All the talk about President Barack Obama's first 100 days in office, and hardly any about the "post-racial" America white folks were looking forward to. As far as I can tell, white folks are just acting screwy-er that usual, even if there is a noticable uptick in thier niceness. Doors get opened for me now. Some people call me "professor" or "mister," when I never got that before. Pre-Obama, I was just treated like any ole whatever, but post-Obama, I get treated like a New Negro—like an Obama Male — the prototype for a new generation of black men, as if I've just fallen to Earth. Have you noticed a difference in the way white people are treating you?

I think White people and Black people mean two different things when they dream of a post-racial America. White people dream of an America where Black people will no longer feel it neccesary to be black, strictly speaking, and whites don't have to worry about being "politically correct" or considerate of your sensitivities. They'll feel safe enough to have you over for dinner and be able to co-opt some of the more popular aspects of black culture without fear of criticism and dispose of it blithely with no sense of guilt or irony. I think that's what some whites mean when they say "post-racial."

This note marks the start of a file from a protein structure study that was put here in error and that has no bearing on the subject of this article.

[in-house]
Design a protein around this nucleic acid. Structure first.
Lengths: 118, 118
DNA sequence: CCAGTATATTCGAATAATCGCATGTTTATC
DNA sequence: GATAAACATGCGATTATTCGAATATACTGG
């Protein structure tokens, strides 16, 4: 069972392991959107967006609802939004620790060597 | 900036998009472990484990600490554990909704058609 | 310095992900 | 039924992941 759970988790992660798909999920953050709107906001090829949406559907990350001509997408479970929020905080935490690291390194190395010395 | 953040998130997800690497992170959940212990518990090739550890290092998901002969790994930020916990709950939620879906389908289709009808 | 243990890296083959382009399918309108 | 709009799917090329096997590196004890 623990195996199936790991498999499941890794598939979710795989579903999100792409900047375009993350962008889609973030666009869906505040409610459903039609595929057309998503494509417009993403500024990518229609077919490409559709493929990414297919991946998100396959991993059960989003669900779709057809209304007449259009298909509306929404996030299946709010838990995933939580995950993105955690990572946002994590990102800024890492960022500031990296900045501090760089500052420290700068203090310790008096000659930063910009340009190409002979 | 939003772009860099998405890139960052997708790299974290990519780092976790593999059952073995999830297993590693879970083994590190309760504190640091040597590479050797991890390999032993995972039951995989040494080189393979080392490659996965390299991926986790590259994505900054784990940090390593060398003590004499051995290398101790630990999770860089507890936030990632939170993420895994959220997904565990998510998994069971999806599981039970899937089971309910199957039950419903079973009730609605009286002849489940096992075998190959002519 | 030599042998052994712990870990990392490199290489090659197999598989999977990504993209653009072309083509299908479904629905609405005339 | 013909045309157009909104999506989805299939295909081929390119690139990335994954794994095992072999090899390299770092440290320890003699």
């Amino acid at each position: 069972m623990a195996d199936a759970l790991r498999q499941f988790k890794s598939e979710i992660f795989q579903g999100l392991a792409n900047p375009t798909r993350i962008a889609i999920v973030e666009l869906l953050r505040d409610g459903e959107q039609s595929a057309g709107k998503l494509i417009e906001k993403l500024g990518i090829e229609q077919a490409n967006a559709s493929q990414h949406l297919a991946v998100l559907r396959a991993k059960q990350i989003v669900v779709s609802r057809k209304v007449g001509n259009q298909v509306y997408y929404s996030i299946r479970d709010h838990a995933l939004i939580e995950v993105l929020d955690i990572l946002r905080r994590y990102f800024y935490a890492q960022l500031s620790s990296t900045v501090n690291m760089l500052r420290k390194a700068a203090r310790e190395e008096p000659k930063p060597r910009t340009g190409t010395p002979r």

Most Black people have been black long enough to know that  "post-racial" is a media-manufactured term that has no meaning whatsoever.  None. It's part an parcel of Obamania and the cult of personality he mass-marketed. Race is a color caste system hundreds of years in the making and no one person, no matter how charismatic, can dismantle it. We can all grow up a little, but one man can't make that change. "Yes We Can?"

Naw, brother. Naw, you caint.

Black people and white people are genetically alike, but culturally different. It is that difference that makes us great.  It is the difference that scares some. But what do you think?

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100 Days on, and do you see any sign of the "post-racial America?"

Single Father, Author, Screenwriter, Award-Winning Journalist, NPR Moderator, Lecturer and College Professor. Habitual Line-Stepper